White God (2014, Kornél Mundruczó)

I absolutely adore dogs. So the opening sequence of White God in which the film’s main (human) character, Lili (Zsófia Psotta), is chased by hundreds of dogs through a deserted Budapest proved to be a very intriguing opening. Not least because I’ve had wonderful dreams not too dissimilar to that opening.

13-year-old Lili lives with her dad and her beloved dog, Hagen. Lili’s dad has no time for the dog and after being told that there’s a tax on crossbreeds that he has no interest in paying, Hagen is abandoned on the side of the road.

White Dog runs Lili and Hagen’s story simultaneously which brings up one of the film’s major problems: anything involving Lili’s storyline is terrible. From the general acting of every human on screen to Lili’s half-baked friendship with a boy from her school band. It leaves a significant portion of White God flagging.

Any scenes involving Hagen are largely enjoyable. Kornél Mundruczó and co must be praised for getting so much acting from animals presumably indifferent to the trials and tribulations of a filmmaker. Hagen in something reminiscent to Bresson’s Au Hasard Balthazar is passed between owners until he finds himself in the possession of someone involved in underground dog fighting. Hagen’s transition from docile pet to fighting machine is incredibly distressing.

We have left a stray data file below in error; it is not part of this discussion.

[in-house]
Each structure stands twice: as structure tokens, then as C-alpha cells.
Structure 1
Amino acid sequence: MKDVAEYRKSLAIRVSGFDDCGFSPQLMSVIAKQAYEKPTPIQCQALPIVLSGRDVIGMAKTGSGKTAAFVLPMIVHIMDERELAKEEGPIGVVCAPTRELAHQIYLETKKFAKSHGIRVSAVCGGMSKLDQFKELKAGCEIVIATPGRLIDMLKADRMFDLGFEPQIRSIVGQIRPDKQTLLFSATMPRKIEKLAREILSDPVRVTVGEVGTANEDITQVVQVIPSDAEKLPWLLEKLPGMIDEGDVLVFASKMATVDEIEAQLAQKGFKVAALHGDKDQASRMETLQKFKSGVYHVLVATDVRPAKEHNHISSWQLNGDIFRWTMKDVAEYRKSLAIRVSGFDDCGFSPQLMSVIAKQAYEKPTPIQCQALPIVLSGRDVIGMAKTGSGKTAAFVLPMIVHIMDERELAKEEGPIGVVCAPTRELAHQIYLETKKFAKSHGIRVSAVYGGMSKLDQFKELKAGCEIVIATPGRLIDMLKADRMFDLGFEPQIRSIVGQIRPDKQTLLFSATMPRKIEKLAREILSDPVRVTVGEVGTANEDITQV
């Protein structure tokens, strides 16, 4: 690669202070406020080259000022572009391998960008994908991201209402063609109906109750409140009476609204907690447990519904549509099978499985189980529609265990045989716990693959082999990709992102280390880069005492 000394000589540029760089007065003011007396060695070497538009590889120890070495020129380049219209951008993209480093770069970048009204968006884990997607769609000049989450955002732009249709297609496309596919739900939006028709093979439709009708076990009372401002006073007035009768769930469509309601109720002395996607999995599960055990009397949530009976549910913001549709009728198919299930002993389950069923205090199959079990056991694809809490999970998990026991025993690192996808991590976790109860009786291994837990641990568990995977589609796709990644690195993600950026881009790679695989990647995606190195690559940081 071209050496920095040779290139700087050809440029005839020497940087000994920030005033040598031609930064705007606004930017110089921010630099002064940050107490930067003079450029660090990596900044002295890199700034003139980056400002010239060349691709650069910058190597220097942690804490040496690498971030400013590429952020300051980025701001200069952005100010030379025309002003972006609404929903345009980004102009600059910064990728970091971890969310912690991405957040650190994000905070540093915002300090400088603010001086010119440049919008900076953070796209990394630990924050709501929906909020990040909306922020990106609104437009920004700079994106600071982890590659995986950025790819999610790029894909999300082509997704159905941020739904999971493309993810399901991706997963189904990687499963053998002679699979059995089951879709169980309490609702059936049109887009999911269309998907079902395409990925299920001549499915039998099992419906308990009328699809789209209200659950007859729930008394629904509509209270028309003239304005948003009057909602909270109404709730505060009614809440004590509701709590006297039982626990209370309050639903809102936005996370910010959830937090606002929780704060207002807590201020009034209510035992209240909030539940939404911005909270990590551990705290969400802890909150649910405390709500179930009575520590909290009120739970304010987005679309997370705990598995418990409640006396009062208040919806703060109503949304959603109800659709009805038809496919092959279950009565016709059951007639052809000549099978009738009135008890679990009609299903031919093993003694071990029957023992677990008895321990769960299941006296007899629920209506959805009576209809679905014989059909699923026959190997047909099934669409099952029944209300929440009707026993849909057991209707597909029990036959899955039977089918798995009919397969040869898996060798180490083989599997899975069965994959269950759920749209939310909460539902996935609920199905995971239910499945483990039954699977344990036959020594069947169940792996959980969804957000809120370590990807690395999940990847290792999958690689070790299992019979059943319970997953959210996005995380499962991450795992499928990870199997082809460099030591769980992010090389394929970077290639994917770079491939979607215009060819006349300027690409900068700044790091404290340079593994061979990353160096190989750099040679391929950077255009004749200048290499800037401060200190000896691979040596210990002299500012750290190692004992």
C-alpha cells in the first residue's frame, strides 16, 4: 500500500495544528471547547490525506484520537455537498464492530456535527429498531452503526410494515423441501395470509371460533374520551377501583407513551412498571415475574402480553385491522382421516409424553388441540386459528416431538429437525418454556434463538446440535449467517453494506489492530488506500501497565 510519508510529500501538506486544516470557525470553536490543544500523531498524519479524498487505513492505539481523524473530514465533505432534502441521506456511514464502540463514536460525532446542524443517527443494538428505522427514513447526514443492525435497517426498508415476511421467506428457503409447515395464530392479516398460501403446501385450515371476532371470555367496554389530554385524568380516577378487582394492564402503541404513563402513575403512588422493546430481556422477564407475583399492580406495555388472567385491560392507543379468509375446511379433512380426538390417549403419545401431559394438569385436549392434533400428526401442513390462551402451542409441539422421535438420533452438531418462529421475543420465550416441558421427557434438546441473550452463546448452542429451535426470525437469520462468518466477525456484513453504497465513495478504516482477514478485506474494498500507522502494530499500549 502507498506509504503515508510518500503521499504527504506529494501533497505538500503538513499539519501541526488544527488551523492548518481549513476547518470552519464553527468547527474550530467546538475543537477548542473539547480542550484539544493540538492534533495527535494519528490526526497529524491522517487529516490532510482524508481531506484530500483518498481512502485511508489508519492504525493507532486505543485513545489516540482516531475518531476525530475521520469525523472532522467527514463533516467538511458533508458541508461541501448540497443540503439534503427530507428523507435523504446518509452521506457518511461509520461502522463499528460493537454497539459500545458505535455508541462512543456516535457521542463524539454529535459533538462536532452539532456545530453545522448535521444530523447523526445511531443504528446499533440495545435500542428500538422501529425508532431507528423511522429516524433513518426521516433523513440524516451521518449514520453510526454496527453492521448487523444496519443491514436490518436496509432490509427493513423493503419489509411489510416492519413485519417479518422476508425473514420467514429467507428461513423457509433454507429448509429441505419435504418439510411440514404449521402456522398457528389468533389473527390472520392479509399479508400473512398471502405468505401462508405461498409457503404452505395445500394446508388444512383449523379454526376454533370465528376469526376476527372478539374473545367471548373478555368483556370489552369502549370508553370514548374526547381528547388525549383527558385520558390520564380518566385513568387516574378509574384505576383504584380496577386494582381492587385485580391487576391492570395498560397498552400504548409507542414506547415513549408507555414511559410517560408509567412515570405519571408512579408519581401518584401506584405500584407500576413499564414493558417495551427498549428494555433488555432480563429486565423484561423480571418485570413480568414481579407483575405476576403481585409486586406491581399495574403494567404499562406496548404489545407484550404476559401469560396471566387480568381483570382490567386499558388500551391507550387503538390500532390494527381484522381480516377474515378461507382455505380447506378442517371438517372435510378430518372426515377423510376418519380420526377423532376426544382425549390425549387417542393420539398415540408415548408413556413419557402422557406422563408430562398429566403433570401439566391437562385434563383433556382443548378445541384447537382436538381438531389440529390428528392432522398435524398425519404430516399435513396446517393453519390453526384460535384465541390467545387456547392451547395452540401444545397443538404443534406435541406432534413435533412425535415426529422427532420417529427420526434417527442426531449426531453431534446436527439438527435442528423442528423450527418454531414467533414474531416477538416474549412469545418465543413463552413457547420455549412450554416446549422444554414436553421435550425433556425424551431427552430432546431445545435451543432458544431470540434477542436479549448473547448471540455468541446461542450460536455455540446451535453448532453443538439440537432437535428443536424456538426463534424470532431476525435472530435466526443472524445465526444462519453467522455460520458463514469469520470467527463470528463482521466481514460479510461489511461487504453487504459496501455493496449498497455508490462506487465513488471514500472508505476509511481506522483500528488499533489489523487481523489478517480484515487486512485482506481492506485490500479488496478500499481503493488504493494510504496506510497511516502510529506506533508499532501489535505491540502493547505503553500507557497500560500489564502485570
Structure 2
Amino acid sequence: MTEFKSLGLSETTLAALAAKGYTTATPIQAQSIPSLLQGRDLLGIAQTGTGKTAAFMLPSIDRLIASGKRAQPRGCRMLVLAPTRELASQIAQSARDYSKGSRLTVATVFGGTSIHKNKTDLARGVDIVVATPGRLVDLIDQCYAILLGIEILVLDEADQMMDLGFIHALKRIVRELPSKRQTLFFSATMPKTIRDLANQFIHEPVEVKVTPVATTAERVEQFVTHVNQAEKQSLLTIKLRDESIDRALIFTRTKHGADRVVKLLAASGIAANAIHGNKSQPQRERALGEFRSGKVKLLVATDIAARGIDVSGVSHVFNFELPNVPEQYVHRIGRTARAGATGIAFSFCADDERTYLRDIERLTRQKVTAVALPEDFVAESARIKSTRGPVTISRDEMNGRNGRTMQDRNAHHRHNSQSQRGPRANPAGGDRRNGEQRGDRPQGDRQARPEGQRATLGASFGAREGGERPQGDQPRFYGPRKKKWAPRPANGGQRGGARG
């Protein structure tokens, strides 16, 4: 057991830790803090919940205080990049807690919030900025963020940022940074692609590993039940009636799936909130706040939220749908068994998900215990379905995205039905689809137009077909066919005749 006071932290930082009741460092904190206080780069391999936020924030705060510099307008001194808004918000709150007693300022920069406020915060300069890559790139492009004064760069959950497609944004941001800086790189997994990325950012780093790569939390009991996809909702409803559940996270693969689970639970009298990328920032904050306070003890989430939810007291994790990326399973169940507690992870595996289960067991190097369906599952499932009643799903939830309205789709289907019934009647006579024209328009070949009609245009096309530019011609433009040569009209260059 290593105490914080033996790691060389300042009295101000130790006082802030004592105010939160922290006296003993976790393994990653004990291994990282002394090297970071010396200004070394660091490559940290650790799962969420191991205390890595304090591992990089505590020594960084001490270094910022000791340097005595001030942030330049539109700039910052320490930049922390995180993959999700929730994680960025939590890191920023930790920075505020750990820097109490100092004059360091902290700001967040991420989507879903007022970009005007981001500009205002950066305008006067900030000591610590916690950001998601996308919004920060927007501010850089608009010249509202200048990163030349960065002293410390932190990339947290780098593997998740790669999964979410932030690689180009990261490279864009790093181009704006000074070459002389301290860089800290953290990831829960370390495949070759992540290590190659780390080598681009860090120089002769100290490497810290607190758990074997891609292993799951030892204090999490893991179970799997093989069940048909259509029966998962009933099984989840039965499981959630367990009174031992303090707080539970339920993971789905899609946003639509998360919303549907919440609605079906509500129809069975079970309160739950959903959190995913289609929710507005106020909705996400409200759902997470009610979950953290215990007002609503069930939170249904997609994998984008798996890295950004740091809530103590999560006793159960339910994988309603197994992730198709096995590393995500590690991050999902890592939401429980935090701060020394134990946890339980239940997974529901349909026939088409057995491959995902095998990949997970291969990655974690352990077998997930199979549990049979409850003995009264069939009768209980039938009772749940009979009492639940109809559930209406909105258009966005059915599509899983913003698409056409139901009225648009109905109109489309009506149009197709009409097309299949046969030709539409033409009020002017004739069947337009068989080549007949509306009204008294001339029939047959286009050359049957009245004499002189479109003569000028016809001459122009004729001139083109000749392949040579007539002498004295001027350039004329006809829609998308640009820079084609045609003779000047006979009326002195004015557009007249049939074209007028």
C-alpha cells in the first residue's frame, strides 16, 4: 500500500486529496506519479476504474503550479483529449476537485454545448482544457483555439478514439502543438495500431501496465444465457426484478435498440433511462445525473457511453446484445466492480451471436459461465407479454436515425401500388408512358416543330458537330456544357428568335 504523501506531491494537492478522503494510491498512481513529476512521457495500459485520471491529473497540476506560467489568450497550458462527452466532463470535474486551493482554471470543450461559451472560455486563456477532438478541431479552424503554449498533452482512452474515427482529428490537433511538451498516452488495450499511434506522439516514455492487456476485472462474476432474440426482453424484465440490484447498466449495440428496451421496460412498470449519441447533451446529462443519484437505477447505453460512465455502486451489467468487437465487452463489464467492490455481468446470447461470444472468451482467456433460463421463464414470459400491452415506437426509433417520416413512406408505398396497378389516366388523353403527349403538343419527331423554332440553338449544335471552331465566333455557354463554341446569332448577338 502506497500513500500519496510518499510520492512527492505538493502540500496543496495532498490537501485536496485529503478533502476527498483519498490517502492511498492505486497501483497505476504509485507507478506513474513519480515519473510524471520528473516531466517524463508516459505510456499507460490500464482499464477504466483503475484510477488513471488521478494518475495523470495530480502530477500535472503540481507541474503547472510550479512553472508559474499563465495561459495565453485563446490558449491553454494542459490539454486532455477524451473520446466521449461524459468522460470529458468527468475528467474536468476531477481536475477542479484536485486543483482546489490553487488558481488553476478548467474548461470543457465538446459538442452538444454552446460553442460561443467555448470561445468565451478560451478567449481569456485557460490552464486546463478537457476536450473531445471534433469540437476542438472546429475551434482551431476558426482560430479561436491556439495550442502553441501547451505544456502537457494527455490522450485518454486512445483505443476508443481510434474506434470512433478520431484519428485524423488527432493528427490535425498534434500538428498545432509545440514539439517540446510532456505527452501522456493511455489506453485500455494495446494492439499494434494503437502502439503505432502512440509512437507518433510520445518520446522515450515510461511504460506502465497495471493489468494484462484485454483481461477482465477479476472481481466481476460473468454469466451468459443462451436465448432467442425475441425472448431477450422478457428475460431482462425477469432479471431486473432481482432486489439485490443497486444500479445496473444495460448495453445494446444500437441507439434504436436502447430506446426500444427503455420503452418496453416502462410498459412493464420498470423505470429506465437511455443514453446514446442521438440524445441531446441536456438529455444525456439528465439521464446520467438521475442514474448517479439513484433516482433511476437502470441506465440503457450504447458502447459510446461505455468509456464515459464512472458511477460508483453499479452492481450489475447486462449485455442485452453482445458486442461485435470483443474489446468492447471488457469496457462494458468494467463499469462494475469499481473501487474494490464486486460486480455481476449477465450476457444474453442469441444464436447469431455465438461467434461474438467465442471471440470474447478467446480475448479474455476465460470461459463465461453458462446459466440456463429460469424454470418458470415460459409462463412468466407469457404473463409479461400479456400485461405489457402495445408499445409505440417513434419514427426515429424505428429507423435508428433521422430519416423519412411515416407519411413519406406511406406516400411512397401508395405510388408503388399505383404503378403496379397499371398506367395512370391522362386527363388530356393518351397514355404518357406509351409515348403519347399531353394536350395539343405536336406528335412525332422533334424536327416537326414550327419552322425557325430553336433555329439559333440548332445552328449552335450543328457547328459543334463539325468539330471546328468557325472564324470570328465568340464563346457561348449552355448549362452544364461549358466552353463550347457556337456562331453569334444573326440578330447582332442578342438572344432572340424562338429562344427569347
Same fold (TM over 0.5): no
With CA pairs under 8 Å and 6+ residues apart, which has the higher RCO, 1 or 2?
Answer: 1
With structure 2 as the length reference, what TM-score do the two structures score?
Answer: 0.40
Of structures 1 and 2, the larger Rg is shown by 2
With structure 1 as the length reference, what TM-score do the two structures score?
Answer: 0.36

It is clear that the use of cute dogs isn’t just for animal lovers to swoon uncontrollably for two-hours. White Dog has social commentary bubbling under the surface. There is the obvious anti-animal cruelty, but the denouncing of impure mix-breeds and the swarms of dogs taking Budapest by storm appears to be a cautionary tale about what can happen when a group deemed inferior are treated incorrectly – back even a passive dog into a corner for too long and eventually it’s going to bite back. Think Spartacus with a Labrador/Shar-Pei crossbreed instead of Kirk Douglas.

White Dog’s biggest issue is that of tone. It is all over the place. Not only does it suffer from the aforementioned dual narrative being poor half the time, White Dog switches jarringly between harrowing tale of animal cruelty to absurd comedy farce on a whim. It’s difficult to take everything seriously when you have scenes of dogs stalking previous mistreaters in their homes with shots of legs in shadow (which had people giggling in the cinema), then a following scene in which the dogs are being gunned down graphically on city streets by police to an emotionally manipulative score.

While I appreciate that Mundruczó’s film is quite unique (I doubt we’ll see anything like it in cinemas this year), it simply fails to engage. The story is an interesting one in premise but the terrible acting of all two-legged animal actors sullies White God’s more promising moments. (4)


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